• 3/4 teaspoon / 3.75 ml tamari or nama shoyu (unpasteurized soy sauce)
  • 1 Raw Nut Crust (recipe follows), prepared in a removable-bottom tart pan and frozen
  • 6 to 7 mandarin oranges, for garnish
  • 1/8 teaspoon lemon salt or any flaked finishing salt, for garnish



  1. Rinse the dates and soak them in the hot water for 20 minutes. (The dates can soak overnight in the refrigerator if this is more convenient.) When the dates are very soft, mash them with a fork to a paste. Remove any skins that slip off easily.
  2. While the dates soak, melt the cocoa butter: Put the cocoa butter into a small heatproof bowl. Fill a small skillet with enough very hot water so that it will reach about one third of the way up the side of the bowl. Carefully place the bowl into the skillet and stir the cocoa butter until it is melted. Be careful not to splash even a single drop of water into the melting cocoa. If using coconut oil, use the same method. Keep the cocoa butter warm.
  3. Purée the dates, any remaining soaking liquid, and the lemon juice in a food processor until smooth. Measure out 6 tablespoons of date paste and refrigerate any extra for another use. Return the 6 tablespoons of paste to the processor.
  4. Add the melted cocoa butter, cacao powder, maple syrup, cashew butter, agave syrup, vanilla, and tamari. Process for 2 to 3 minutes, until the filling is absolutely smooth, stopping the machine a few times to clean the sides.
  5. Spread the filling in the tart crust and smooth the top. Refrigerate the tart for about 2 hours until the filling is firm.


Finish The Tart

Remove the tart from the refrigerator. Peel the mandarins, removing all the white pith. Separate the oranges into their natural sections. Arrange the slices over the filling in concentric circles, so that most of the filling is covered but some of the chocolate peeks through. Sprinkle with the lemon salt or other finishing salt if you wish.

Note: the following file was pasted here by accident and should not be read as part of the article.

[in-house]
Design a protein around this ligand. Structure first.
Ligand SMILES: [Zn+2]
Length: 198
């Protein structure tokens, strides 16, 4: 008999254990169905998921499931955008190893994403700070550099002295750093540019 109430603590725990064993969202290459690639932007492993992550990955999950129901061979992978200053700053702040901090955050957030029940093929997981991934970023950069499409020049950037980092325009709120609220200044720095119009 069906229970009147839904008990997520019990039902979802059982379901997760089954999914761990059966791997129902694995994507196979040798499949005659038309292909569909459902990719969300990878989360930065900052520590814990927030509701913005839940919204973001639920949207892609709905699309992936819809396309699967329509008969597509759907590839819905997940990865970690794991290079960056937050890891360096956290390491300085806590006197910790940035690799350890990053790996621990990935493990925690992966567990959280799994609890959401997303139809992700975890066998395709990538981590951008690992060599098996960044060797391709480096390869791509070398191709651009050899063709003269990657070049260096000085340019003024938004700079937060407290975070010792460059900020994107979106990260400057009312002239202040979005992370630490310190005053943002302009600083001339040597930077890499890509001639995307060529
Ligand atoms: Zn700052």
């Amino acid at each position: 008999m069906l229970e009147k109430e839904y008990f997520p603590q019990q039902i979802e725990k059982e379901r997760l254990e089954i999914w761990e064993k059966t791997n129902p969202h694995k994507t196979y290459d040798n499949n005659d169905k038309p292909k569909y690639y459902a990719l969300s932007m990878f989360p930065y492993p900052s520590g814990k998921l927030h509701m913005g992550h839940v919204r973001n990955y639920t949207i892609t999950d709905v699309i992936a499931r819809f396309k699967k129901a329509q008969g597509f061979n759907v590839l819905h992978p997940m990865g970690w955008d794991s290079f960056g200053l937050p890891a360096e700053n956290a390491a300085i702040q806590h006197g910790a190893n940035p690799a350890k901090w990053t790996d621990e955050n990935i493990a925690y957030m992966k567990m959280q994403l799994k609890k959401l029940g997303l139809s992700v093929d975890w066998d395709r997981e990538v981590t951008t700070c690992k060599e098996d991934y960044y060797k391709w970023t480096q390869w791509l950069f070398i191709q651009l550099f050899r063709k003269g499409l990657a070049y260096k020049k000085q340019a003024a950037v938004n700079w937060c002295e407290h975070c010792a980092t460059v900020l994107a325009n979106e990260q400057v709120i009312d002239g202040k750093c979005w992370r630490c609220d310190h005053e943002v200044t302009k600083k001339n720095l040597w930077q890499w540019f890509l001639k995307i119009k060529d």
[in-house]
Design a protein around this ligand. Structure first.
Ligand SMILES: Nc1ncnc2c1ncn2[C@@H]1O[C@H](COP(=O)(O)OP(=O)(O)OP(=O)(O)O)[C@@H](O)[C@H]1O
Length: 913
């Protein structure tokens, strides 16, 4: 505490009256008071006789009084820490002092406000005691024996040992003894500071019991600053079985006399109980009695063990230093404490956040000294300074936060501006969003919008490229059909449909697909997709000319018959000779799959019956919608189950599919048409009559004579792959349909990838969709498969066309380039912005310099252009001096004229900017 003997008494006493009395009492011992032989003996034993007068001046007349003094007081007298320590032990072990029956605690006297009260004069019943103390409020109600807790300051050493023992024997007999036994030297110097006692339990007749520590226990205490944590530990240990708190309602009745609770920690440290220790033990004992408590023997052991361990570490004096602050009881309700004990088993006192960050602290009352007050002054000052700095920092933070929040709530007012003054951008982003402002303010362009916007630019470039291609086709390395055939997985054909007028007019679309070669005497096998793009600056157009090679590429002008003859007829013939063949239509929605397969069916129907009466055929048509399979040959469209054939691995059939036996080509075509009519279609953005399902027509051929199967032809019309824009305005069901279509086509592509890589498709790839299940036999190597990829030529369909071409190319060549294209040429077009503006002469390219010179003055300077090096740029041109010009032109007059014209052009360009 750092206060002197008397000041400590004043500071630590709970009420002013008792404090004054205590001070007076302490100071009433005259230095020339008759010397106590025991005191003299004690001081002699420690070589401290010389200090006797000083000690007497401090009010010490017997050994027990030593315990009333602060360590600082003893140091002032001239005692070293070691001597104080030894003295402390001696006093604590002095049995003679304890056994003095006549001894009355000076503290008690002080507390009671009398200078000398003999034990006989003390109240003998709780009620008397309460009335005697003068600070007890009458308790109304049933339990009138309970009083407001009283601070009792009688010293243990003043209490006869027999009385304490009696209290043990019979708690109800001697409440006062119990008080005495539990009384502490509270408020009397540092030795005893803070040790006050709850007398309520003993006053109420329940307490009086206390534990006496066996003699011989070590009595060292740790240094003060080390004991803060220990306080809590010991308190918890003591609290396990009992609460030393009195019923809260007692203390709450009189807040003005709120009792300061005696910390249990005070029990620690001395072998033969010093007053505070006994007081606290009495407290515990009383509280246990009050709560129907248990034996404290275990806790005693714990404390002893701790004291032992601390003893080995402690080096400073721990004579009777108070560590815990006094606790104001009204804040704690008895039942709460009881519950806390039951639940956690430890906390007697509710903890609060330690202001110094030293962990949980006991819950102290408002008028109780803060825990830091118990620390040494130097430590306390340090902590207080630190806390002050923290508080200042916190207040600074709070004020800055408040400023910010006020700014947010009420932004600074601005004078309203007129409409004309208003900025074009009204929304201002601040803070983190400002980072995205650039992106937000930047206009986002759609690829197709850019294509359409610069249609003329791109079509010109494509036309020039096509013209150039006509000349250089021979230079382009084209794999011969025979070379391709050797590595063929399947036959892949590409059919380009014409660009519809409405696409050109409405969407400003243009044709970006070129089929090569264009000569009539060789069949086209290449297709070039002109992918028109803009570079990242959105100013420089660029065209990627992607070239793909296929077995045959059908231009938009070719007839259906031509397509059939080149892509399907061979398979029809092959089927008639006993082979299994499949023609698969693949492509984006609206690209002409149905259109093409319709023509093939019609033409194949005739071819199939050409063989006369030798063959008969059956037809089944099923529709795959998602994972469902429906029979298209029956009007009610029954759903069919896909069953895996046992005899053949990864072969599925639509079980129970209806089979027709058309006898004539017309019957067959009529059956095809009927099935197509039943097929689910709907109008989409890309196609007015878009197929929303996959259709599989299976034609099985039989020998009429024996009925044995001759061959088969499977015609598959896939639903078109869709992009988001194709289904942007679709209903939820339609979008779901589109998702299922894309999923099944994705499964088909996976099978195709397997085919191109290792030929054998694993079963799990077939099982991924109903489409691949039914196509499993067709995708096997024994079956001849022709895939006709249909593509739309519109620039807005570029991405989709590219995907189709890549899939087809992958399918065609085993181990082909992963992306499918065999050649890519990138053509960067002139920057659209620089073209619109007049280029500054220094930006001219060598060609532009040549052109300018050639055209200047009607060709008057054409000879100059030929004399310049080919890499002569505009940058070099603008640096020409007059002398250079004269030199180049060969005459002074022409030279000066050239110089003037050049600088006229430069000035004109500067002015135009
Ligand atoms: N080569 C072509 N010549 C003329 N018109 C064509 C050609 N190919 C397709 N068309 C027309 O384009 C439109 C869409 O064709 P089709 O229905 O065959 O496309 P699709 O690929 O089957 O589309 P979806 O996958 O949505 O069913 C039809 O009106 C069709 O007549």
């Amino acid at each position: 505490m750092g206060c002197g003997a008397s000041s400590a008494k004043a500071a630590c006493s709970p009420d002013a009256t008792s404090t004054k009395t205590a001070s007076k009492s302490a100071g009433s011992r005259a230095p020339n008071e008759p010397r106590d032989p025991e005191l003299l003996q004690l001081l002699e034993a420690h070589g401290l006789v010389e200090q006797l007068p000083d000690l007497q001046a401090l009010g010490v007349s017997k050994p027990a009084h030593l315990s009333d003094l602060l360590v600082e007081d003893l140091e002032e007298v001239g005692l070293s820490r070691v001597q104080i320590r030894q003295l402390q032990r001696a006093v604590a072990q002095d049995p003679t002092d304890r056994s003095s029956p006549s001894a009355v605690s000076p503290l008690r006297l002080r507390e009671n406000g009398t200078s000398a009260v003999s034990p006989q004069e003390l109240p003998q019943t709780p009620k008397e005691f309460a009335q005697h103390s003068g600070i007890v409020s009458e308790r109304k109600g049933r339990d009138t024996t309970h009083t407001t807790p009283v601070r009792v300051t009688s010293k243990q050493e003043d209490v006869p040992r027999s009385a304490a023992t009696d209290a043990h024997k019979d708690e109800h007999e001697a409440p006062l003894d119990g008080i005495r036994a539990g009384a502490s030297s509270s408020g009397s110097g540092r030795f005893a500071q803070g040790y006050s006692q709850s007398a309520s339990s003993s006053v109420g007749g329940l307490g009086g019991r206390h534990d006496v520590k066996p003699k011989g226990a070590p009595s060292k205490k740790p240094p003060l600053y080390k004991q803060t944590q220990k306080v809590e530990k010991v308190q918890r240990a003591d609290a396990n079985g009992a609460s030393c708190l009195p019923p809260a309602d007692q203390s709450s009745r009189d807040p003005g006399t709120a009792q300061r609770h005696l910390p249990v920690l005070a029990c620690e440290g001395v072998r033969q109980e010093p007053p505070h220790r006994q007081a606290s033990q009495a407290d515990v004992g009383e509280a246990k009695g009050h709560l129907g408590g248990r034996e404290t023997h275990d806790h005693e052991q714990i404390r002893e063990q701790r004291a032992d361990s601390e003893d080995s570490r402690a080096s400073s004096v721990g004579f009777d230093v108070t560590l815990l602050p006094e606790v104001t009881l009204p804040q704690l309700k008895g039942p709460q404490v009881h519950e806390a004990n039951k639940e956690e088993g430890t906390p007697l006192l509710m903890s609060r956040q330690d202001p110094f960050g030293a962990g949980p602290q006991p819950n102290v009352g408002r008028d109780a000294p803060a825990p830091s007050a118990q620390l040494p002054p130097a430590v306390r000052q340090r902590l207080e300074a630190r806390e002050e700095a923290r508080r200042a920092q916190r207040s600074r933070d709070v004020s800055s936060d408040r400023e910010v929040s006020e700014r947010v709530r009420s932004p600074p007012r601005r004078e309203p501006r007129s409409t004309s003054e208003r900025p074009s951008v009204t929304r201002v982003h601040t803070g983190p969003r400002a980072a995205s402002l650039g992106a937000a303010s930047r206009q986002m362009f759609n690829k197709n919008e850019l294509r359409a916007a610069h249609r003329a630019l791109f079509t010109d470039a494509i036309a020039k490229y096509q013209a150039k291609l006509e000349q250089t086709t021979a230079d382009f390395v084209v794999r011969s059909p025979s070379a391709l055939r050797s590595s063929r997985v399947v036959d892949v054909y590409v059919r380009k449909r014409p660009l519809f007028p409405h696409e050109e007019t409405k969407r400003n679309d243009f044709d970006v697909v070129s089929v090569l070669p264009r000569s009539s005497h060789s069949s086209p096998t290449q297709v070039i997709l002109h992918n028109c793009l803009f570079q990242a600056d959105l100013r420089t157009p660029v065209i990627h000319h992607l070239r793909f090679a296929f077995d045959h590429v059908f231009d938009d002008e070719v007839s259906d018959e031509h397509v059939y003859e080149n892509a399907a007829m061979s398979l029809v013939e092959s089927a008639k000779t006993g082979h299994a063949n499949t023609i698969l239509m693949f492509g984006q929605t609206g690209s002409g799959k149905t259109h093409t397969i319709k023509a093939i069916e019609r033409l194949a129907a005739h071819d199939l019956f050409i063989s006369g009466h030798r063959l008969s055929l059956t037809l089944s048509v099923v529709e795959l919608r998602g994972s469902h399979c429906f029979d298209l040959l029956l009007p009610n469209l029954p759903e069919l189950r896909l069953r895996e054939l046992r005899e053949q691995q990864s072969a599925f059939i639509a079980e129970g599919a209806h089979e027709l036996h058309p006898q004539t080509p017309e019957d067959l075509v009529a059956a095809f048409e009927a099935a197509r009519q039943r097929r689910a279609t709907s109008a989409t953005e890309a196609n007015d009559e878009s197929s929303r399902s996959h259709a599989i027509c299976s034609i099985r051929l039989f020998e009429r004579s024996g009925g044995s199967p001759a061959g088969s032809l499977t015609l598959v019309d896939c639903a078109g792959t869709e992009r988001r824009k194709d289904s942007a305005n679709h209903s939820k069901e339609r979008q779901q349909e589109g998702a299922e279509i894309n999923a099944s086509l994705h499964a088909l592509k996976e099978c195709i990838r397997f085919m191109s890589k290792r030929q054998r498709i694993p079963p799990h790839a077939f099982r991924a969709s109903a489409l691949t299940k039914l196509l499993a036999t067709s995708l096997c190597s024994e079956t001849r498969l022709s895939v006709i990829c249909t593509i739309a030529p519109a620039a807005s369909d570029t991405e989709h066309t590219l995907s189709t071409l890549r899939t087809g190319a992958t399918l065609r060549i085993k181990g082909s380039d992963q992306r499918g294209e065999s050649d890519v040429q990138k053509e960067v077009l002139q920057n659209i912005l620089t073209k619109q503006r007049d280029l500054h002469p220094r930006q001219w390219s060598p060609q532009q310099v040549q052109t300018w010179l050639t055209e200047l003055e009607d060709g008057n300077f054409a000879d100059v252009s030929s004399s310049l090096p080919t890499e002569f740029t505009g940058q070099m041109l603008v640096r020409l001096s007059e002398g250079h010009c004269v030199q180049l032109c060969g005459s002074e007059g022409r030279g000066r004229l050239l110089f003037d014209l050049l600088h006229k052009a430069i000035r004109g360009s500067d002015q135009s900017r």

Slice the tart cold for the neatest slices. Serve at room temperature.



The tart can be refrigerated without the orange segments for up to three days or loosely wrapped overnight with the fruit.

Freeze the tart without the oranges, tightly wrapped, for up to one month. Defrost unwrapped in the refrigerator. Add the oranges before serving.


Chocolate Tart 3

Raw Nut Crust 

I never expected a raw nut crust to become one of my favorite crusts, but the ease of making this one and its lovely flavor converted me. This flourless crust is not baked. It is simply formed and pressed into a removable bottom tart pan. Instead of baking, you freeze the crust until it is firm. For a truly raw option, use alcohol-free vanilla extract.

Note: It is essential to use a tart pan with a removable bottom. A pan with a nonstick finish does not need to be oiled.

Makes one (9 to 9 1/2-inch / 23 to 24-cm) crust or six (4 1/2-inch / 11-cm) tarts



  • 5 ounces / 142 grams walnuts (or use another nut)
  • 3 ounces / 85 grams raw unpeeled whole almonds
  • 1/4 cup / 60 ml agave syrup or pure maple syrup, Grade B or dark amber
  • 1 tablespoon / 15 ml coconut oil, melted
  • 1 teaspoon / 5 ml pure vanilla extract
  • 1/2 teaspoon ground cinnamon
  • 1/2 teaspoon fine sea salt



  1. Place a 9 to 9 1/2 -inch / 23 to 24-cm tart pan with a removable-bottom on a parchment-lined sheet pan. The parchment will catch any dough that may spill over when you press the crust. It is much easier to move a removable-bottom pan when it is on a sheet pan.